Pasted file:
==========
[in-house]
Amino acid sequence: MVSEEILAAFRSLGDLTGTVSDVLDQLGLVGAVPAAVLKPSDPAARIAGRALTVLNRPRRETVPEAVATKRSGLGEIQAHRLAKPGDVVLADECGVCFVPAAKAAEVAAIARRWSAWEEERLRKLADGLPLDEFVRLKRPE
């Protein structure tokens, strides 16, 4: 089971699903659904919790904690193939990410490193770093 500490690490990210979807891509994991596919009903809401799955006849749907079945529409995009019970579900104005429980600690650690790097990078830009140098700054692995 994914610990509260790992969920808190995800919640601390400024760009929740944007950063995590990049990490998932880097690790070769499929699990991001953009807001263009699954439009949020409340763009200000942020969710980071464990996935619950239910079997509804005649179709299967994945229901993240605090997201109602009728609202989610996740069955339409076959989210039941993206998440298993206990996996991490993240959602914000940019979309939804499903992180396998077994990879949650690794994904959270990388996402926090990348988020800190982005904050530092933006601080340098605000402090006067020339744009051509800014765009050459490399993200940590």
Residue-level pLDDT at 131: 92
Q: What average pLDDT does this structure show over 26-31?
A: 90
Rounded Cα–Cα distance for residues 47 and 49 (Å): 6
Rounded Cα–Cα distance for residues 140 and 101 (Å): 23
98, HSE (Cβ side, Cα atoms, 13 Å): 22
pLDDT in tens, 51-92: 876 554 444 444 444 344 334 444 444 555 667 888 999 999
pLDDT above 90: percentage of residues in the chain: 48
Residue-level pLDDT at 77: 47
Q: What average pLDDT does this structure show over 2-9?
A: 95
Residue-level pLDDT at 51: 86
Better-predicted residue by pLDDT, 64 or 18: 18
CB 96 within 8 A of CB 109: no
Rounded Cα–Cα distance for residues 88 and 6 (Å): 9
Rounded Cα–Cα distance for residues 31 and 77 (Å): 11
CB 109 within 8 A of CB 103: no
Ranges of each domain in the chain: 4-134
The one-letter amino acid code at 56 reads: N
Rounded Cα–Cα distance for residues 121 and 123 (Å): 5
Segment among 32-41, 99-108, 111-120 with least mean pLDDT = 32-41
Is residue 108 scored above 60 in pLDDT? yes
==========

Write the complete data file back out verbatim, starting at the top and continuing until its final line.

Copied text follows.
[in-house]
Amino acid sequence: MVSEEILAAFRSLGDLTGTVSDVLDQLGLVGAVPAAVLKPSDPAARIAGRALTVLNRPRRETVPEAVATKRSGLGEIQAHRLAKPGDVVLADECGVCFVPAAKAAEVAAIARRWSAWEEERLRKLADGLPLDEFVRLKRPE
């Protein structure tokens, strides 16, 4: 089971699903659904919790904690193939990410490193770093 500490690490990210979807891509994991596919009903809401799955006849749907079945529409995009019970579900104005429980600690650690790097990078830009140098700054692995 994914610990509260790992969920808190995800919640601390400024760009929740944007950063995590990049990490998932880097690790070769499929699990991001953009807001263009699954439009949020409340763009200000942020969710980071464990996935619950239910079997509804005649179709299967994945229901993240605090997201109602009728609202989610996740069955339409076959989210039941993206998440298993206990996996991490993240959602914000940019979309939804499903992180396998077994990879949650690794994904959270990388996402926090990348988020800190982005904050530092933006601080340098605000402090006067020339744009051509800014765009050459490399993200940590």
Residue-level pLDDT at 131: 92
Q: What average pLDDT does this structure show over 26-31?
A: 90
Rounded Cα–Cα distance for residues 47 and 49 (Å): 6
Rounded Cα–Cα distance for residues 140 and 101 (Å): 23
98, HSE (Cβ side, Cα atoms, 13 Å): 22
pLDDT in tens, 51-92: 876 554 444 444 444 344 334 444 444 555 667 888 999 999
pLDDT above 90: percentage of residues in the chain: 48
Residue-level pLDDT at 77: 47
Q: What average pLDDT does this structure show over 2-9?
A: 95
Residue-level pLDDT at 51: 86
Better-predicted residue by pLDDT, 64 or 18: 18
CB 96 within 8 A of CB 109: no
Rounded Cα–Cα distance for residues 88 and 6 (Å): 9
Rounded Cα–Cα distance for residues 31 and 77 (Å): 11
CB 109 within 8 A of CB 103: no
Ranges of each domain in the chain: 4-134
The one-letter amino acid code at 56 reads: N
Rounded Cα–Cα distance for residues 121 and 123 (Å): 5
Segment among 32-41, 99-108, 111-120 with least mean pLDDT = 32-41
Is residue 108 scored above 60 in pLDDT? yes